House of Representatives Rejects Woolsey "Sound Science" Amendment
Yesterday, the House of Representatives rejected an amendment, offered by Rep. Lynn Woolsey (D-CA), to provide information about the impacts of plant biotechnology on the environment. The amendment was defeated 259-165, with Republican Members voting 216-1 in opposition to the amendment.
Rep. Woolsey commented, "Republicans are very fond of invoking the need for 'sound science' as the basis for regulation. The National Academy of Sciences, many environmental groups, and enlightened business groups agree that information is sorely lacking on the environmental and ecological impacts of plant biotechnology. The intelligent response to this lack of information is not to collectively stick our heads in the sand and hope the issue goes away. It is to produce sound information so that any future problems can be dealt with through sound analysis rather than through fear-mongering, lawsuits, or political posturing."
Rep. Woolsey’s amendment to H.R. 4664 would have authorized $35 million over two years in the budget of the National Science Foundation (NSF) to fund "fundamental research related to assessing… the effects of biological research on organisms and the environment." The amendment closely followed the recommendations of several recent reports of the National Academy of Sciences, including the February, 2002 report on Environmental Effects of Transgenic Plants. The Academy panel noted that research on environmental impacts of crop production is "sparse" and recommended "substantial increases in public-sector investment" in several specific research and monitoring areas.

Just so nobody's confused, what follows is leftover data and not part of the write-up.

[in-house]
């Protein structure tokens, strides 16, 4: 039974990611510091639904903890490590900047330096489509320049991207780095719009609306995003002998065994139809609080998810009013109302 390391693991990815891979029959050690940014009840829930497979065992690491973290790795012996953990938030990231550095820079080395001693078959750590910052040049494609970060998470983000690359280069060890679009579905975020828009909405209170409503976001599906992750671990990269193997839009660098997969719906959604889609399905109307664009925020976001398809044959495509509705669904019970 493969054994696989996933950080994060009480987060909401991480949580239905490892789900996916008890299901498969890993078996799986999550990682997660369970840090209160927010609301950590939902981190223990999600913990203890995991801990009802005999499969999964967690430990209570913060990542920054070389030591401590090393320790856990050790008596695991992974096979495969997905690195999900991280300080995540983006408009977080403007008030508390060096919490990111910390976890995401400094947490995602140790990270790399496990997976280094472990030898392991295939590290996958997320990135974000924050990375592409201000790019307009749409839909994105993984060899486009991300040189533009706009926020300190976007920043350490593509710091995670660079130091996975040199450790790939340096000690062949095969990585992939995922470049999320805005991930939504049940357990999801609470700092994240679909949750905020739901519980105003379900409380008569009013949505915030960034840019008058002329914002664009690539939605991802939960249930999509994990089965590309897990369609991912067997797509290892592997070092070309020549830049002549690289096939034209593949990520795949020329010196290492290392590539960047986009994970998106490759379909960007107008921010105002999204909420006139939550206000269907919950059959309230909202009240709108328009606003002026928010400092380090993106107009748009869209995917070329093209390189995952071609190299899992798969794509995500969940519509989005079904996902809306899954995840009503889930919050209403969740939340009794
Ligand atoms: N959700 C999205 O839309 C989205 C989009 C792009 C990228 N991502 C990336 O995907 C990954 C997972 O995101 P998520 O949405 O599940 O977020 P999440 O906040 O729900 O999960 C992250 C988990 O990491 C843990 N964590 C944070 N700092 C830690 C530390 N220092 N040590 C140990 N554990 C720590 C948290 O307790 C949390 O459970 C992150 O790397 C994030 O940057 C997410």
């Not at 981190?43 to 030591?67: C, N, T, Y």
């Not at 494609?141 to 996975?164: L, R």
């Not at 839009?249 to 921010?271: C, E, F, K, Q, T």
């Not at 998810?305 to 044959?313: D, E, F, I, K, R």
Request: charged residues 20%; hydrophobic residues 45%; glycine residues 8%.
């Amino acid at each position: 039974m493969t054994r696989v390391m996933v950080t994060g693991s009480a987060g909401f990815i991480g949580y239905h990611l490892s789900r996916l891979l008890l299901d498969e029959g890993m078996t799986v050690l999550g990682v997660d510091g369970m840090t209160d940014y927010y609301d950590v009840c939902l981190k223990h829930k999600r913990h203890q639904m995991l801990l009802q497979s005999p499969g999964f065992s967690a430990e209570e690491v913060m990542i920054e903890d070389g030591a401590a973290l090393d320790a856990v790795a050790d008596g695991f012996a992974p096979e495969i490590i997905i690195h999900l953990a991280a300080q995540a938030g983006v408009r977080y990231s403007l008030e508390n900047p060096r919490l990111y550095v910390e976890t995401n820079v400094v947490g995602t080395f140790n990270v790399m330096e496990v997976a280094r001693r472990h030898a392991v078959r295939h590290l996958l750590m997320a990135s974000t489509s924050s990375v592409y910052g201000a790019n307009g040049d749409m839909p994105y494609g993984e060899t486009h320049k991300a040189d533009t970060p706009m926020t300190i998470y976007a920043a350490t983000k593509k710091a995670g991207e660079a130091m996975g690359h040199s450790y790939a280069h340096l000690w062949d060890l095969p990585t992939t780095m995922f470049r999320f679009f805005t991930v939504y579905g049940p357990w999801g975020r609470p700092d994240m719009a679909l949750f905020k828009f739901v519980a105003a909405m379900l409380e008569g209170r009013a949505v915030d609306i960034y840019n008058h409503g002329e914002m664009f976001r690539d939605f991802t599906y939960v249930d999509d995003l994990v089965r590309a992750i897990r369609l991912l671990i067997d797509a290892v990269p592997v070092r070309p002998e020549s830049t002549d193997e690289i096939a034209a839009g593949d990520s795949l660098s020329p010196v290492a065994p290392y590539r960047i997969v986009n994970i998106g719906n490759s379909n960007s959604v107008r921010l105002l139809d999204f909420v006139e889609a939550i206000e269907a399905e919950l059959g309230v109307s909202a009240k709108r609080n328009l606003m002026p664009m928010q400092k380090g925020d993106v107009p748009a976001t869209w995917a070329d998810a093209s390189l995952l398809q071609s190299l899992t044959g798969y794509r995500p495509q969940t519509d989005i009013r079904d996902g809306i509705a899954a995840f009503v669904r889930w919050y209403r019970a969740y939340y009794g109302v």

Opponents of the amendment claimed that it raised questions about the safety of biotechnology and cited problems with applying Congressional priorities rather than peer-review to the NSF budget. "Republican arguments against my amendment were bizarre to say the least," noted Rep. Woolsey. "The program I proposed to create would in fact be peer-reviewed. Further, the Congress and the Science Committee apply priorities to the NSF budget all the time. In this Congress alone, the Science Committee has created specific pots of money for information technology research, for computer security research, for earthquake engineering, for plant genomic centers, for research in learning, and for a whole host of education programs. For some reason, it is an affront to the NSF to ask them to work on the Congressional and public priority of sound environmental information."
"Industry should realize, and I believe that enlightened business leaders do, that they are far better off anticipating and responding to potential problems than to be jumping from crisis to crisis because of a lack of information. It is in the interest of the biotechnology industry to develop the information that will either prove that the technology is inherently benign or provide us with a basis for sound management of any problems that arise."